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Tuesday, November 30, 2010

Reasons not to buy "Made In China" Products

          As a child growing up in the seventies and eighties, whenever I would look at the tag inside of clothing, I can remember seeing the Union Labels. I believe the union labels usually stated a phrase like "ILGW" (Ladies garment workers)This meant the garment you were about to buy was made in America by a union worker. However, there still was the presence of illegal sweatshops in Downtown L.A. In these sweatshops, many illegal immigrants worked without the benefit of minimum wage; some of my classmates mothers in Los angeles worked in them. Items made in Europe had "status", while items made in parts of Asia were usually snubbed for possessing unacceptably low quality. Whenever an item was bought from stores, such as: LL Bean, Lands End, Ralph Lauren, Gap, or Frye boots: American classics, they were most often made in the US as well.
          In more recent years, the loosening of tariffs and the promotion of global trade have come into existence. Products ranging from Gap to Ralph Lauren; to Lands' End and even the Frye Campus Boots, which will set you back about 300 dollars, are now all made in: China, Thailand or Pakistan. Is it just me, or is there something very wierd about buying "American Classics" made in foreign sweatshops? It makes our old American garment shops seem almost like quaint, distant memories.
           The quest in our, what some people like to call, "throwaway culture" is to find designer knockoffs at stores, such as Forever 21, for cheaper (which results in cheaper quality) clothes; it is a never ending abyss. The more we consume, the more we want; at a cheaper  price. Unfortunately, the quest for a five dollar sweater at Wal-Mart does have a humanitarian cost. Take a quick glimpse inside some of the lives of the people who are making your disposable fashions, let's start with China.
             China is quite the populous country, roughly 1.4 billion people live there; one-fifth of the population lives in China. The Chinese government has had to impose strict rules to limit growth, and has been imposing the "one child per family" policy since 1978. According to an article in the December 2010 issue of  Marie Claire magazine, " . . . officials in China have enforced the one child rule with brutal efficiency". Methods to enforce the law have included: forced abortions on women (up until the ninth month of pregnancy), and smothering newborns and dumping them into the city trash cans. There is the assumption, here in the U.S.,  that China has softened their harsh rules; because in cities like Shanghai and Beijing, where births have fallen too dramatically, two children in some households are now permitted. These small freedoms do not apply to the rest of the country.
          In the region of Puning in Southern China, is a successful manufacturing center with many clothing factories: which have probably made some of the clothes in your closet. In April, the local family planning bureau launched, what it referred to as, an "Iron Fist Campaign". This campaign was put into effect to deal with the more than 10,000 women in the region, who had had more than one child. According to the state owned media, a task force of more than 600 officials were deployed to the offending womens' homes; they took grandparents, siblings, teenagers, and even infants. The relatives of these women were to be jailed indefinitely until the targeted women showed up at government clinics to undergo  forced sterilization. You may think, "By setting up American Factories we are helping people in these impoverished countries to live better lives", and that is true, to a certain extent. The average factory worker in Punang does make about 5, 500 U.S. dollars a year, which is about twice the annual average, but keep in mind the taxes in China are very high. Since the taxes are high, most of the workers' earnings are going directly to support a government who enforces such human right abuses.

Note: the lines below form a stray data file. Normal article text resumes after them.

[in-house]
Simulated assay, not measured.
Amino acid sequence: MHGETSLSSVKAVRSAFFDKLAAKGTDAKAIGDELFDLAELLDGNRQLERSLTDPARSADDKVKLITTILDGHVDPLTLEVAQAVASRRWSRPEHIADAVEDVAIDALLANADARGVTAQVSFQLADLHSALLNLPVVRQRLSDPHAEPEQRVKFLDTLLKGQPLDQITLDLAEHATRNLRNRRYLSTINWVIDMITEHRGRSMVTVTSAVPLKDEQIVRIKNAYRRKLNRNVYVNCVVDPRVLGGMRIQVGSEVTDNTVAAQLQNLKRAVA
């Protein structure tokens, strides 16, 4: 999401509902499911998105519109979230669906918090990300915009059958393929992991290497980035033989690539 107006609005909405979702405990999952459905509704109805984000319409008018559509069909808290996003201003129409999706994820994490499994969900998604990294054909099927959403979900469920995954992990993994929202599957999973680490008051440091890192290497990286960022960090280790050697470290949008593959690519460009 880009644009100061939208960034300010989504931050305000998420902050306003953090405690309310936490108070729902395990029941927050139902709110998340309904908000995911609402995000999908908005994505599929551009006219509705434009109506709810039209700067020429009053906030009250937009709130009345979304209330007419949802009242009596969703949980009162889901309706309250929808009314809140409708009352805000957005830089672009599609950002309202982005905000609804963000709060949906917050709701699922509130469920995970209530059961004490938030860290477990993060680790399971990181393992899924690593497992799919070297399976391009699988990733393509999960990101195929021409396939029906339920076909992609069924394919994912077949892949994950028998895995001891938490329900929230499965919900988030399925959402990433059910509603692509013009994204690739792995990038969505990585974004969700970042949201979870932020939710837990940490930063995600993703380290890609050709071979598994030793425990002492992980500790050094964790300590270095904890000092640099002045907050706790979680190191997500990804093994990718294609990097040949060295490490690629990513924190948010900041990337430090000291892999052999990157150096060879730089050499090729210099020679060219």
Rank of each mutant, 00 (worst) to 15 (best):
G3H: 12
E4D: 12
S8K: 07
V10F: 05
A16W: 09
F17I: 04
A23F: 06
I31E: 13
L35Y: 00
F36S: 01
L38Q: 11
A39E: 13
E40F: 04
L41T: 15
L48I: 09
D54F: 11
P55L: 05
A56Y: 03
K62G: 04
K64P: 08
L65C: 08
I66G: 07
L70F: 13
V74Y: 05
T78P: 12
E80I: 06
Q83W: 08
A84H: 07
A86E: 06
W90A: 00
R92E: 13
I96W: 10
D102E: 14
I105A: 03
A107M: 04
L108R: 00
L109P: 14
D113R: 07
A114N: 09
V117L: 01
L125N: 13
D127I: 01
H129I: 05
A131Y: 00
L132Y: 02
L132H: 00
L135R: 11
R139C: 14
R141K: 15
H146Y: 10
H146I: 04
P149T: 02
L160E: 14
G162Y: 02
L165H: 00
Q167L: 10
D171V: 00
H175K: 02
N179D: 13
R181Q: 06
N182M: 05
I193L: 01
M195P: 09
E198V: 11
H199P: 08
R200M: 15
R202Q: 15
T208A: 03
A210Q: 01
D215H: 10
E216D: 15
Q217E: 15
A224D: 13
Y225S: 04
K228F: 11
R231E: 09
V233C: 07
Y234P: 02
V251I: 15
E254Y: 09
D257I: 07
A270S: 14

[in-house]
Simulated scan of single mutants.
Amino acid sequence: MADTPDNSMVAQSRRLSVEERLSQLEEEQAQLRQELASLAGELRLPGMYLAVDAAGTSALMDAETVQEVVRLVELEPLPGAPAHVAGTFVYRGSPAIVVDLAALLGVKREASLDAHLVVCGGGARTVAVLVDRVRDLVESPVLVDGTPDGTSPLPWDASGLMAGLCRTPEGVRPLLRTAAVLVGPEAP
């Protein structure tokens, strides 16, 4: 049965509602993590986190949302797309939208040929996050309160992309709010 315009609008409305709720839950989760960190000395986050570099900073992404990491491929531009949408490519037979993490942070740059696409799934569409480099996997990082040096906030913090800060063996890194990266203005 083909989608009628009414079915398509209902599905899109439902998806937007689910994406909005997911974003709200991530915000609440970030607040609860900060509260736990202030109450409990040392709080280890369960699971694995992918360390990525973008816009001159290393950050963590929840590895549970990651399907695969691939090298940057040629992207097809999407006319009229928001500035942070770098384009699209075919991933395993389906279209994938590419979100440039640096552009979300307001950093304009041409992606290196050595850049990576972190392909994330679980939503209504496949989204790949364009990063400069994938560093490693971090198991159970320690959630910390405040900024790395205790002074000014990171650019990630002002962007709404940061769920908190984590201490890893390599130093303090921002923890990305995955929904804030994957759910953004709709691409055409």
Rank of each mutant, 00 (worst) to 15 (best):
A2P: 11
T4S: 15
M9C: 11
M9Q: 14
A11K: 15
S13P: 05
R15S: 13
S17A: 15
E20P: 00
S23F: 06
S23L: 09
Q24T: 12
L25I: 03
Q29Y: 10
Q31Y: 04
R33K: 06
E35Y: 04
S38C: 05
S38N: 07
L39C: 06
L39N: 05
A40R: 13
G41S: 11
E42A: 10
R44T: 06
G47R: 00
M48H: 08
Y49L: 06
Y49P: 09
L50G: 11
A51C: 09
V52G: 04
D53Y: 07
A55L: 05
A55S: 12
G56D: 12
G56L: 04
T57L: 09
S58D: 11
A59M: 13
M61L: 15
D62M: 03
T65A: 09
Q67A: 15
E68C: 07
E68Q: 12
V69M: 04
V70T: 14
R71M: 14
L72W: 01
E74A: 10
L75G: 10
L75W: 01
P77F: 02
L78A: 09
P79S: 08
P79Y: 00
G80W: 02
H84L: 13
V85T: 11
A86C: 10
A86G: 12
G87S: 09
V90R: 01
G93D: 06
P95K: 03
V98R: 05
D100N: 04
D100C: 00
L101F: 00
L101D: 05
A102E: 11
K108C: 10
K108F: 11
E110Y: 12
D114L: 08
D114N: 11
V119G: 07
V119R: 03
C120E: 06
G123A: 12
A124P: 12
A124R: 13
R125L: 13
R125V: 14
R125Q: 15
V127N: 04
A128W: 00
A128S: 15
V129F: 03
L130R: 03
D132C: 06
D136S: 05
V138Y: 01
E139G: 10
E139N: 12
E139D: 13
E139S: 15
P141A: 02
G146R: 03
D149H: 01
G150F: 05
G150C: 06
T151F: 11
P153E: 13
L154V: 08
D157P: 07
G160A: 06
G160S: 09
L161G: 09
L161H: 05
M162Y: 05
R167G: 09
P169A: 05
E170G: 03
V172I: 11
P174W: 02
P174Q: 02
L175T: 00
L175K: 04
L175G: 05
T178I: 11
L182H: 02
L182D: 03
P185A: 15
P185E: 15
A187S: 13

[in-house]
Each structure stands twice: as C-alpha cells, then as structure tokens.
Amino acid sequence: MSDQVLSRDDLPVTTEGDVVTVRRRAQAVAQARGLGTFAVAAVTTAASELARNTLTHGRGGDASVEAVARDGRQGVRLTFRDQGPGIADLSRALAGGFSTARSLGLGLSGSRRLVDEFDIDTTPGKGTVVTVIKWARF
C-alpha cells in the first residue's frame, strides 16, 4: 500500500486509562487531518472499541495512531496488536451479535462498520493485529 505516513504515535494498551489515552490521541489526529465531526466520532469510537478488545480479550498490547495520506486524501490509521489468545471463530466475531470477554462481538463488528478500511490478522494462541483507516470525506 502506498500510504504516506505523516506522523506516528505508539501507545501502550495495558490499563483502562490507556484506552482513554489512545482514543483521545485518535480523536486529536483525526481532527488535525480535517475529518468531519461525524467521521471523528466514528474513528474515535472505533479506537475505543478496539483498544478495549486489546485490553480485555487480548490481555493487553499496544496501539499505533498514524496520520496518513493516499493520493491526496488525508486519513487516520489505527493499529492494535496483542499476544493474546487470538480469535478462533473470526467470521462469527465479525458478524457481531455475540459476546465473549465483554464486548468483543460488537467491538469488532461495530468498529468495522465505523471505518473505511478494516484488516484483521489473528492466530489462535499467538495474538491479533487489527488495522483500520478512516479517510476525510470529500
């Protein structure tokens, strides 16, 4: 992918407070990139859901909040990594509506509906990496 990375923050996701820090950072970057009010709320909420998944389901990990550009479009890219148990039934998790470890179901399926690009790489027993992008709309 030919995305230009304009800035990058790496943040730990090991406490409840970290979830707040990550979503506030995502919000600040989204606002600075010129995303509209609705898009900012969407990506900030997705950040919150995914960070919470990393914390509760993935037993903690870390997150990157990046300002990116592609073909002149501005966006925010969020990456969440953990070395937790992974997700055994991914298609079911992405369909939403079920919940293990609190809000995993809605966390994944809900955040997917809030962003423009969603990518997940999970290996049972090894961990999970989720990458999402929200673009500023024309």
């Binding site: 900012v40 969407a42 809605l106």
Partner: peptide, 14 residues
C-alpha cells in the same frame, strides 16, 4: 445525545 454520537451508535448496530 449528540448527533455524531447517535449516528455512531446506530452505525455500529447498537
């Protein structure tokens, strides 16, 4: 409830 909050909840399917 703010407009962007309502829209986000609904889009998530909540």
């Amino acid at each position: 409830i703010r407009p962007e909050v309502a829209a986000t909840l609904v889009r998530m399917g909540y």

My daughter with a Thai woman
               I have never been to China myself, but I did take my daughters to Thailand three years ago. We spent two weeks there, without any tour guides, traveling. There was a giant shopping mall in Bangkok called the "BMG". Many of the worlds clothing factories are also located in Thailand; and the factories are somehow allowed to take some of the designer clothing they make, and sell them dirt cheap to tourists at this giant mall to make extra profit. I can't describe the guilt I felt walking out of that mall with my dirt cheap purchases, which included some obviously counterfeit items, and seeing starving children begging at the entrances to this mall. Nearby, young prostitutes lined the streets. Older white men walked the streets with them; some of the girls were only young teenagers. How do you explain these injustices to a five year old and a twelve year old? The poverty in these streets was almost numbing, but the beauty of the people shone through in their smiles. This is not a simple issue, but it is something we need to be aware of.
A Chinese Clothing Factory

Air Pollution from Factories

One Child Policy Propaganda

Sunday, November 28, 2010

Womens 1950s Retro Dress or Jumper Pattern 3673 Simplicity

Fighting over the soon to be heiress.

Escaping amorous advances

Yours truly on the far left

All is well that ends well.
                        Womens 1950s Retro Dress or Jumper Pattern 3673 Simplicity

I had to share some photos of a play I  was working on at the Santa Paula Theatre Center. It's called Leading Ladies by the playwright Ken Ludwig. A bit like Some Like It Hot. I made three dresses for one of two male characters who have to dress as  women to receive the fortune of an elderly woman who thinks they are her long lost nieces. One of the dresses was a gold lace number. It was probably not the best choice of fabric since the character gets chased around the stage by an amorous suitor who doesn't know he's a man! I've had to mend two holes in it and the play has only been open a week. Live and learn. The play is set in 1958 so we used some reprint patterns and some actual vintage patterns which I no longer have  photos of because I gave the patterns back to the other costume designer working on the play. I used the photo in the middle of the pattern envelope for the gold dress pictured and I added sleeves to hide his hairy arms. The fourth photo is the end of the play when they reveal their true identities to their lady loves.